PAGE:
CHAPTER IX.--A JOINT PLAN OF RECONSTRUCTION. (continued)
562. Our proposals, in brief,
are that it should be frankly recognised that it is impossible for the Island to
surmount unaided the unprecedented difficulties that now confront it, and that the
Newfoundland Government should make an immediate appeal for the sympathetic
co-operation of Your Majesty's Government in the United Kingdom in the execution
of a joint plan of reconstruction of which the following would be the main
suspension of the existing form of government until such time as the Island may
become self-supporting again.
(2) The creation of a special Commission of Government, which would be
presided over by the Governor, would be vested with full legislative and executive
authority, and would take the place of the existing Legislature and Executive
(3) The Commission of Government would be composed of six members,
exclusive of the Governor, three of whom would be drawn from Newfoundland and three
from the United Kingdom.
(4) The Government Departments in the Island would be divided into six
groups. Each group would be placed in the charge of a Member of the Commission of
Government, who would be responsible for the efficient working of the Departments
in the group, and the Commission would be collectively responsible for the several
(5) The proceedings of the Commission of Government would be subject to
supervisory control by Your Majesty's Government in the United Kingdom, and the
Governor-in-Commission would be responsible to the Secretary of State for Dominion
Affairs in the United Kingdom for the good government of the Island.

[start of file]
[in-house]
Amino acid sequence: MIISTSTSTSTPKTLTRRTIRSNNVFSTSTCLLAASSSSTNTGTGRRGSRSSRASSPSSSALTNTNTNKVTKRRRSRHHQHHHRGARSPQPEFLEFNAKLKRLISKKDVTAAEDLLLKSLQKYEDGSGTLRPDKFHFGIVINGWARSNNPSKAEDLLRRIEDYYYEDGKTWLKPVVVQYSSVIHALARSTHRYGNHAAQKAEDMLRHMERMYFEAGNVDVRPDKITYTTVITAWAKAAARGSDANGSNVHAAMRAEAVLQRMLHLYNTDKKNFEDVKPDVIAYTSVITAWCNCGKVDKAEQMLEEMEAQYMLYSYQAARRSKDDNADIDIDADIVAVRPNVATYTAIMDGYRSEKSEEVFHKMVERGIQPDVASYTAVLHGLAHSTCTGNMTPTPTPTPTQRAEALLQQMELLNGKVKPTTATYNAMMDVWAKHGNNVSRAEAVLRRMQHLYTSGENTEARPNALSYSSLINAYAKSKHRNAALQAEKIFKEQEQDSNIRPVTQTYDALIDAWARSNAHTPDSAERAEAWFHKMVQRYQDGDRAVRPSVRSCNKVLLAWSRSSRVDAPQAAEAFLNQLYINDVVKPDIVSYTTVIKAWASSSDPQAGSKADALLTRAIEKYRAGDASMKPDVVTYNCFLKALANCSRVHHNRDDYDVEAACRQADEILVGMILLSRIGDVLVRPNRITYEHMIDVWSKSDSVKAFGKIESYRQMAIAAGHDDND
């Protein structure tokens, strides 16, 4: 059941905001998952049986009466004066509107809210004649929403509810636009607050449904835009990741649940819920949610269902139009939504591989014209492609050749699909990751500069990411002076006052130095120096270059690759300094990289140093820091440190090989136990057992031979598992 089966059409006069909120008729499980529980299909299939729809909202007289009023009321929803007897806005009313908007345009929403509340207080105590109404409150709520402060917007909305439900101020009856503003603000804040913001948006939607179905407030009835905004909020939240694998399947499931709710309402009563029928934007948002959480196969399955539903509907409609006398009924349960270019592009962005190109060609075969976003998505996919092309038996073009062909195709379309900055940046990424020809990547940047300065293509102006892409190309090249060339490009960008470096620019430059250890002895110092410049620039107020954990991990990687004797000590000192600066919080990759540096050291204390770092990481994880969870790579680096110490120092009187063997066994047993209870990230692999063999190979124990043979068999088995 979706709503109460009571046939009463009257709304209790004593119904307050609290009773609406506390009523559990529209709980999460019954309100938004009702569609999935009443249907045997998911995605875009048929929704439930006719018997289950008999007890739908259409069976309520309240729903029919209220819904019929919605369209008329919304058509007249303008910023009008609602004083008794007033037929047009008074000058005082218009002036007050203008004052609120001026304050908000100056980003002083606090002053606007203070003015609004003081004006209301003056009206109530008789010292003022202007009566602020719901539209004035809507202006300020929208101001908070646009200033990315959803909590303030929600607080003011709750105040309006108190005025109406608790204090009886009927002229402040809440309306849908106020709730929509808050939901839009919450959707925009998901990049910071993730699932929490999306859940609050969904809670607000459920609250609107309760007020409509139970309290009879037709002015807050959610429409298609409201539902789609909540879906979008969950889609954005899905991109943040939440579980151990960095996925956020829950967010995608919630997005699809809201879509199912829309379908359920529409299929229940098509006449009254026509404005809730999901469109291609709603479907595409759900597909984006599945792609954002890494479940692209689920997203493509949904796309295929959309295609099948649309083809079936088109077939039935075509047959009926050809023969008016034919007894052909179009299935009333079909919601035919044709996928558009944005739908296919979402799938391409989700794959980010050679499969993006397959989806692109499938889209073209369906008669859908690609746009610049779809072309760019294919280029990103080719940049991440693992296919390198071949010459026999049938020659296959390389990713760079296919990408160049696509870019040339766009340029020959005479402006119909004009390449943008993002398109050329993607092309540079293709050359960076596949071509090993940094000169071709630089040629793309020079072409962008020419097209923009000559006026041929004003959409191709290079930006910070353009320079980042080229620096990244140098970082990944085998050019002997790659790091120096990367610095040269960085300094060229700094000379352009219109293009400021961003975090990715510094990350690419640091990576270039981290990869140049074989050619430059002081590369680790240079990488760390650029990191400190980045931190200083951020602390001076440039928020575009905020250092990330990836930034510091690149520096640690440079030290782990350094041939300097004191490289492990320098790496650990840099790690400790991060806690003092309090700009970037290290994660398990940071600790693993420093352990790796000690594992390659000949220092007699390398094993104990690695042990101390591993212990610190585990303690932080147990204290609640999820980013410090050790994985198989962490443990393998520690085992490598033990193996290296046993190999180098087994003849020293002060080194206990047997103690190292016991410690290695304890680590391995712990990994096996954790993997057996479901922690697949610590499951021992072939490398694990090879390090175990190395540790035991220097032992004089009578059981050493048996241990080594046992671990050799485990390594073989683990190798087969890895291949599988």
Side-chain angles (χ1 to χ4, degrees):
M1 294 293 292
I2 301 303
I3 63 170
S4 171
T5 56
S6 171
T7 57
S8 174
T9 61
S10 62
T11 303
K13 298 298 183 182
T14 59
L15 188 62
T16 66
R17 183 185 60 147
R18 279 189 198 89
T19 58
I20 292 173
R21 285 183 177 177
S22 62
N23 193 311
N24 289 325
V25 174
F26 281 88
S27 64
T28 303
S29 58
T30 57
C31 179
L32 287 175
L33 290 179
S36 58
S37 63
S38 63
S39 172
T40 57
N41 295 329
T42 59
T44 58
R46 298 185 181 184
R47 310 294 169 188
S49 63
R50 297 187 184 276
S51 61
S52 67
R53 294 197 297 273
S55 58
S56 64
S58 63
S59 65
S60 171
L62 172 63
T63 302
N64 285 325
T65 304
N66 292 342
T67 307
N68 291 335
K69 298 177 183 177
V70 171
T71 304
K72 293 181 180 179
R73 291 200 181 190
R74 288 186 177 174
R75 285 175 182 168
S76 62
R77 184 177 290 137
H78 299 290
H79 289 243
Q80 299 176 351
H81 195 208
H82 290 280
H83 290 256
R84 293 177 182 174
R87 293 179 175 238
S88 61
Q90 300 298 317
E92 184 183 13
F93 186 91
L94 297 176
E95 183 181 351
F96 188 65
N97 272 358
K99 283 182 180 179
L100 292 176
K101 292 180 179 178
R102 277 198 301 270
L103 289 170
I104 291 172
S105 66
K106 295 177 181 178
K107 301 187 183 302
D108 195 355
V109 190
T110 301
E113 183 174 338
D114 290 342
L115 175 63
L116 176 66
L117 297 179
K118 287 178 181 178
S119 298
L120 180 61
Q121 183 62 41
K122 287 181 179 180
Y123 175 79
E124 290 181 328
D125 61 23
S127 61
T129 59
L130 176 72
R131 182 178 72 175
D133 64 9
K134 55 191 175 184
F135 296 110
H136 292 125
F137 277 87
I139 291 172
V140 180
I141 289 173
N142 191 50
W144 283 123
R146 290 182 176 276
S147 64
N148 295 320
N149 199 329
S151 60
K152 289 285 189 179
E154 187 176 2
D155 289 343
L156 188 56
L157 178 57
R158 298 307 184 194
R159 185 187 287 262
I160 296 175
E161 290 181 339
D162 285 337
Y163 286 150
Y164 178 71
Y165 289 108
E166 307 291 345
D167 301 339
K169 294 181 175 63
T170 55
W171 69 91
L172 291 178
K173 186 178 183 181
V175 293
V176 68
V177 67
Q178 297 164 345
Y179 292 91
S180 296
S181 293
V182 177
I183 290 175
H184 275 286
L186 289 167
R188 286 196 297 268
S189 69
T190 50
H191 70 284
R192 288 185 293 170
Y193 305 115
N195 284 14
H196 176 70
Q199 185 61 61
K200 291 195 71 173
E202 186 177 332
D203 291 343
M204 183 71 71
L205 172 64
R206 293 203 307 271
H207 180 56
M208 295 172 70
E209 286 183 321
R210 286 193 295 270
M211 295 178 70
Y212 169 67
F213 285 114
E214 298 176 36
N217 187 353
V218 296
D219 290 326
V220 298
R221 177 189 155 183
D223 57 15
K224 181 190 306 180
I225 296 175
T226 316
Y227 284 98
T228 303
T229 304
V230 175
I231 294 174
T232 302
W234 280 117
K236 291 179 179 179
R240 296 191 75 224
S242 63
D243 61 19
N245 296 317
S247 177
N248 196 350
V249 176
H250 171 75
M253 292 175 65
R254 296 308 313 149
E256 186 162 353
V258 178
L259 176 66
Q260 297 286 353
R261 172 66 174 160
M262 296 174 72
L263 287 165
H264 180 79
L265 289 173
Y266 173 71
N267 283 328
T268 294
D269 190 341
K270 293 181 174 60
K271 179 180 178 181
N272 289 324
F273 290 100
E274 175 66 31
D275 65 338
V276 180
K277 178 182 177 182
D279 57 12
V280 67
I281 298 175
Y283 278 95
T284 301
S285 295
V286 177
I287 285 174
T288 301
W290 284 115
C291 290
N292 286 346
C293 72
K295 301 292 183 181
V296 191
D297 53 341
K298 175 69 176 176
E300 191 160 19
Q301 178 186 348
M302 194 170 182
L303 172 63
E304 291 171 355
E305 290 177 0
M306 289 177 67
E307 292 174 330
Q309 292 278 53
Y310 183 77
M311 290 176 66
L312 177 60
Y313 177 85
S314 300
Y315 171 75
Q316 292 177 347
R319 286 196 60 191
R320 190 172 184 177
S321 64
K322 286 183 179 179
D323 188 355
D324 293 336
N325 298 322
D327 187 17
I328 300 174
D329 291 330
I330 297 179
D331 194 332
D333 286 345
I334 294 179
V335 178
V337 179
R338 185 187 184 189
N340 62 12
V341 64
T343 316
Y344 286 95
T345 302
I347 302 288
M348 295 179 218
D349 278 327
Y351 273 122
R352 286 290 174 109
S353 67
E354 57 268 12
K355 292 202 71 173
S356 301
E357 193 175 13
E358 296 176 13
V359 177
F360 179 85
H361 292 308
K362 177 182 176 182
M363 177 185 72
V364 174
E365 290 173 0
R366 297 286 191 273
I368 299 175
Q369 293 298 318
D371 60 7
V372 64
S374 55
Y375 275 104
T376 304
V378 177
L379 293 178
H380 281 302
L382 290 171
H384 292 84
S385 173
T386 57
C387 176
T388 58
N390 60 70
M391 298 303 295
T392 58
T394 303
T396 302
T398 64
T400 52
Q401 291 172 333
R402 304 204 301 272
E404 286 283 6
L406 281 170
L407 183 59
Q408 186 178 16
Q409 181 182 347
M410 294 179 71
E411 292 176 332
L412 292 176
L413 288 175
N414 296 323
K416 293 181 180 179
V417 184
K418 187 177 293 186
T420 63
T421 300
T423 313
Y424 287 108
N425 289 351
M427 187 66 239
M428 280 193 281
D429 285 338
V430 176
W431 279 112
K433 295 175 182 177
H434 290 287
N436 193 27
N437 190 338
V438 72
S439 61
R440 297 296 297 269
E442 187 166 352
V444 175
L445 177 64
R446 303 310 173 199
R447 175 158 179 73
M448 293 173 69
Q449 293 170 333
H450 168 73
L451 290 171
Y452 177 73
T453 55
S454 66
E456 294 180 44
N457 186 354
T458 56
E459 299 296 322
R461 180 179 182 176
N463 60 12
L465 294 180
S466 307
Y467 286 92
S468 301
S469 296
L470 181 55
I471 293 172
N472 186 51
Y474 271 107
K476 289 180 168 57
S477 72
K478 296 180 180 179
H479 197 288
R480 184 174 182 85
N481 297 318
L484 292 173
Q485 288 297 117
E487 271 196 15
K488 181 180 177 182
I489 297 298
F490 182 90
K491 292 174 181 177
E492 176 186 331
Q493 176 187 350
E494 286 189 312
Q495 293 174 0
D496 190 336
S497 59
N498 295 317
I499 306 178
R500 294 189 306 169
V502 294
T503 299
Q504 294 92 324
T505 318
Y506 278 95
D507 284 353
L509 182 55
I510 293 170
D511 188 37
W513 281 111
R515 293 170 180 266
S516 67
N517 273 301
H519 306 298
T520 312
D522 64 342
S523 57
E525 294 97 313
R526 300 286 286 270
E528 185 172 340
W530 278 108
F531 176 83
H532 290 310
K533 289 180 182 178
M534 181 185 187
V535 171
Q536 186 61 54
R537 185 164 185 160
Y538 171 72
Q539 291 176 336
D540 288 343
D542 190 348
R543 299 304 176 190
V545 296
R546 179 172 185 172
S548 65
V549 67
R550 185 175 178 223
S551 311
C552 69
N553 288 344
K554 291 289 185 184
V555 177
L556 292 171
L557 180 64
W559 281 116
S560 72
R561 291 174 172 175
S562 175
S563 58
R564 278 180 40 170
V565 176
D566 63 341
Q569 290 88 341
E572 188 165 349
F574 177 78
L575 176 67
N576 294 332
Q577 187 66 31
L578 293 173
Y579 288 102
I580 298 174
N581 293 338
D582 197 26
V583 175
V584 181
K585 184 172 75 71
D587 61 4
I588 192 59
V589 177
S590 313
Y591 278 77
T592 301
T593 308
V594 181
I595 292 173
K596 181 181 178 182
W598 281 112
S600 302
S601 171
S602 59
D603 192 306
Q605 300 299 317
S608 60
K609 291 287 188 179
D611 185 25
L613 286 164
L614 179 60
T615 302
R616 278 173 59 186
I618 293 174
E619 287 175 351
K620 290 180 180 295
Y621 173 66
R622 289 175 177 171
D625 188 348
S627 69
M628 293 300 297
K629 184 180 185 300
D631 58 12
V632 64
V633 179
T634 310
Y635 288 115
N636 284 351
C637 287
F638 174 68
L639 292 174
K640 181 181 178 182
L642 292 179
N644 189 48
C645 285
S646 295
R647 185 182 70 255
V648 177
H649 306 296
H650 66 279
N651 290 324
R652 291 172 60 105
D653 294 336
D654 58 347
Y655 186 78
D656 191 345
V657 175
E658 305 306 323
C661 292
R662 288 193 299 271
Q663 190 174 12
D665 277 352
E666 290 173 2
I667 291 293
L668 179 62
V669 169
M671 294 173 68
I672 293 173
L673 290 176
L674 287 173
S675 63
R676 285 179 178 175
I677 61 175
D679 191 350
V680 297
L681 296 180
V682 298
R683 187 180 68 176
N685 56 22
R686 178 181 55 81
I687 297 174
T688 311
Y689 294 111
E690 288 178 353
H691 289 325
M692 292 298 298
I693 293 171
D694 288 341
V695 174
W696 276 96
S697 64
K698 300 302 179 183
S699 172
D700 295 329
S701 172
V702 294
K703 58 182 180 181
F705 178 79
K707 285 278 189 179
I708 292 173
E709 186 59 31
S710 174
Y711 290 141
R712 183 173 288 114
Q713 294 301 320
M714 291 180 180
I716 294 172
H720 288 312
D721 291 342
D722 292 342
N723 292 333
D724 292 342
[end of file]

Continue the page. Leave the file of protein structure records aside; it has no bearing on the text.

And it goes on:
(6) Your Majesty's Government in the United Kingdom would, for their
part, assume general responsibility for the finances of the Island until such time
as it may become self-supporting again, and would, in particular, make such
arrangements as may be deemed just and practicable with a view to securing to
Newfoundland a reduction in the present burden of the public debt.
563. The appropriate procedure
for bringing a joint plan of this character into operation would, we suggest, be
the submission of an Address to Your Majesty by both Houses of the Newfoundland
Parliament, followed by legislation in the United Kingdom.
564. It will thus be seen that
the plan of reconstruction which we desire to recommend is of twofold character,
constitutional and financial. The two parts of the plan hang together; neither
separately would achieve the purpose in view, nor could we recommend that either
part should be adopted without the other.
565. It is fully present to our
minds that, in view of Newfoundland's status as a Dominion, neither part of the
plan can be put into effect except on the initiative of the Newfoundland Government
and Legislature. We feel confident, however, that the Newfoundland Government and
Legislature, which have already given proof, both individually and collectively, of
their anxiety to serve only the best interests of the country will not hesitate to
give their approval to, and to collaborate in the speedy adoption of, measures
which impartial examination has shown to be best calculated to repair the fortunes
of the Island.
Our subsidiary recommendations will be outlined in the following